I just say I won't spread things further, as long as I can write code
based on them. I know other kernel developers do similar things).



From: Linus Torvalds <>
Newsgroups: fa.linux.kernel
Subject: Re: 2.6.32-rc4: Reported regressions from 2.6.31
Date: Mon, 12 Oct 2009 15:28:25 UTC
Message-ID: <fa.aaldGDguq8hRx/To/>

On Mon, 12 Oct 2009, David Woodhouse wrote:
> Well, according to the design, the IOMMU code is doing the right thingĀ¹.
> The theory is that the BIOS _tells_

There is no "theory". There is only crap BIOSes. Stop living in a dream
world, and stop making arguments that are only relevant in that dream

> The only viable solution (short of an open source BIOS written by sober
> people)

Again, you're living in that dream world. Wake up, sheeple.

BIOS writers write crap, because it's a crap job. It's that simple. Yes,
they're probably drunk or drugged up, but they need it to deal with the
hand they have been dealt.

There are absolutely _zero_ incentives to write good firmware for any
particular device (and nothing else matters), because the projects are all
(a) largely "throw-over-the-fence-and-forget-about-it" for any particular
machine (ie any fixes are mostly relevant for the _next_ generation of
machines), and (b) they have no actual user incentives or feedback, since
nobody really "runs" the firmware anyway - it's supposed to be invisible
by design and just sets things up.

So outside of the testing that it gets (_before_ it ever hits any users
hands) there is never _ever_ going to be any QA.  Once it is in user
hands, it is what it is. Almost nobody upgrades their firmware in
practice. Yeah, geeks may do. Normal people? Not so much.

And that would _not_ change even with an open source BIOS. Why? Because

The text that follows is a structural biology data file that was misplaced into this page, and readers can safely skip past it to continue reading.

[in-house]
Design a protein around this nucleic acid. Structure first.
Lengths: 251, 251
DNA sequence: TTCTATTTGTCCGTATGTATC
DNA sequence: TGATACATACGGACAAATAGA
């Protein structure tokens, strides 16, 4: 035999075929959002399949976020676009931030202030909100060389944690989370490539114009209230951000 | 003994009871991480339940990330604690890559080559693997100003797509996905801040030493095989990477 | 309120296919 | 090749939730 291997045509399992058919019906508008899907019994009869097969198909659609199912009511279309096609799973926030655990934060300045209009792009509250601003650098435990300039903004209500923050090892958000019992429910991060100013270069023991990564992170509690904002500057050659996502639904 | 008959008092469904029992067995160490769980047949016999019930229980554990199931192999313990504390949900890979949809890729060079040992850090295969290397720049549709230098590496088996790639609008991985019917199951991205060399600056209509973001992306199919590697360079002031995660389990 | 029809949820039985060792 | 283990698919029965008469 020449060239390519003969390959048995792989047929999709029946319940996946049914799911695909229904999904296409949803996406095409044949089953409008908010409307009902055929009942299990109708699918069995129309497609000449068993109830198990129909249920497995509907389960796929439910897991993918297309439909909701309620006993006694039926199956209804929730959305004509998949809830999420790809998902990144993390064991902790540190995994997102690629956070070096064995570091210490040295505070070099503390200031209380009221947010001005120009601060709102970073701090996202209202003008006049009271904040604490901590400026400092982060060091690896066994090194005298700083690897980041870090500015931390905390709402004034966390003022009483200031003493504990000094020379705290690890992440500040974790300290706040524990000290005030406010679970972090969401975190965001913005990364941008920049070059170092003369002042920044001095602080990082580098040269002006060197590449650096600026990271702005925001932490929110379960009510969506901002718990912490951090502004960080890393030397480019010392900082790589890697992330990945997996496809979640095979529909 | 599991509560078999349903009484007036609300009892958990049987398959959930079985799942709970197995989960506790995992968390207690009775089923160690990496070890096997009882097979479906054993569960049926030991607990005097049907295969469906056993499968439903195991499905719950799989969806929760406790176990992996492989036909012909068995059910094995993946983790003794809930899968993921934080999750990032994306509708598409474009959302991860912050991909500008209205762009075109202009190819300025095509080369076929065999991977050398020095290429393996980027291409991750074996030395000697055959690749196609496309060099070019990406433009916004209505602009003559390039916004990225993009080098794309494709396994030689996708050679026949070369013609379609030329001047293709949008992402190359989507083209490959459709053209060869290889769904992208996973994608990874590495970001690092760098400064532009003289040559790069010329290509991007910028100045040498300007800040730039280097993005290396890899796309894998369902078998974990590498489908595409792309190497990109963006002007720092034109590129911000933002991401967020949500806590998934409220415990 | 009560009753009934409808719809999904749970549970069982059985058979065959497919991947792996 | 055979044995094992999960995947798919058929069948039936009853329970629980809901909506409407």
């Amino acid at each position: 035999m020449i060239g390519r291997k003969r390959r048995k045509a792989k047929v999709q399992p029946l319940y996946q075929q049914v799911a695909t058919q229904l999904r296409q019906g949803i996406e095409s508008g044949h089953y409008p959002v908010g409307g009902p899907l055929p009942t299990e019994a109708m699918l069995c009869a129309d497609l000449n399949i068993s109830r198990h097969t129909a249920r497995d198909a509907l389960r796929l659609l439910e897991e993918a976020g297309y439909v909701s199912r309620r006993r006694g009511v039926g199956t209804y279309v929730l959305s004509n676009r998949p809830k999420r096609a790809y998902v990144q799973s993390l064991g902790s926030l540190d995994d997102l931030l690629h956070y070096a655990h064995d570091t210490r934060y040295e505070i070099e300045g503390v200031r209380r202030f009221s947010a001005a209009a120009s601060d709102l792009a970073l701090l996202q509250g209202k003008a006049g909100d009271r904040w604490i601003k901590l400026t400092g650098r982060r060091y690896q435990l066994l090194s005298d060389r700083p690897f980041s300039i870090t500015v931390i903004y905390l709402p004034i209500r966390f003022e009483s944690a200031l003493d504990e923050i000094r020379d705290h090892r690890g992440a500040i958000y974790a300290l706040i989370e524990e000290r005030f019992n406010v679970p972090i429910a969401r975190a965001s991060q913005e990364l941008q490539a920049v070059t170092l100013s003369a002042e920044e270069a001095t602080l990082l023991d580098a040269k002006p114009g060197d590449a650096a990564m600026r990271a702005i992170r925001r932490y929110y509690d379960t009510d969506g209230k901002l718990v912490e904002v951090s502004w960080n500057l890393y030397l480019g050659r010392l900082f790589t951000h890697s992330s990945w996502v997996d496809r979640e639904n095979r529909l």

the _code_ generally isn't the problem. The problem tends to be all the
localization for any particular machine.

Even if the code was open source and perfect, we'd still have trouble with
firmware - because 99% of it is driven by tables that by design have to be
changed for each machine (yes, yes, a BIOS is easily a megabyte of
compressed code too, but a lot of it is the nice GUI for setup etc - the
actual code that runs on _bootup_ is rather small, and is all about those

We might have a few _fewer_ problems if the code was perfect, and maybe
we'd have missed this particular issue (but I doubt it, it's still a
localized table). But it wouldn't really change any of the fundamentals in
the issue.

BTW, in this case, it's not even necessarily the firmware people who are
to blame. It's a combination of (a) USB is crazy polled DMA and (b) IOMMU
is a whole new thing and (c) ACPI is too f*cking complex so nobody will
_ever_ get it right anyway, even if the firmware people didn't have
everything against them.

So your arguments about RMRR tables and "should do" are POINTLESS. Just
give it up.

The sane thing to do is to have a legacy IOMMU mapping until all devices
are initialized, so that things work _despite_ the inevitable BIOS
crapola. End of story.

So stop blaming the BIOS. We _know_ firmware is crap - there is no point
in blaming it. The response to "firmware bug" should be "oh, of course -
and our code was too fragile, since it didn't take that into account".

And stop saying these problems would magically go away with open-source
firmware. That just shows that you don't understand the realities of the
situation. Even an open-source bios would end up having buggy tables, and
even with an opensource bios, users generally wouldn't upgrade it.

"If wishes were horses, beggars would ride"

> was to quiesce the USB controllers before enabling the IOMMU.

The other solution would be to just _enable_ (and do all the setup) of the
IOMMU early. And then just leave a legacy mapping for the IOMMU, and then
_after_all_devices_are_set_up_ can you then remove the legacy mapping.

I don't much care. Just as long as the DMA works for the whole bus setup.

> The final PCI quirks are currently run from pci_init() which is a
> device_initcall(), which is too late -- in fact, it could actually be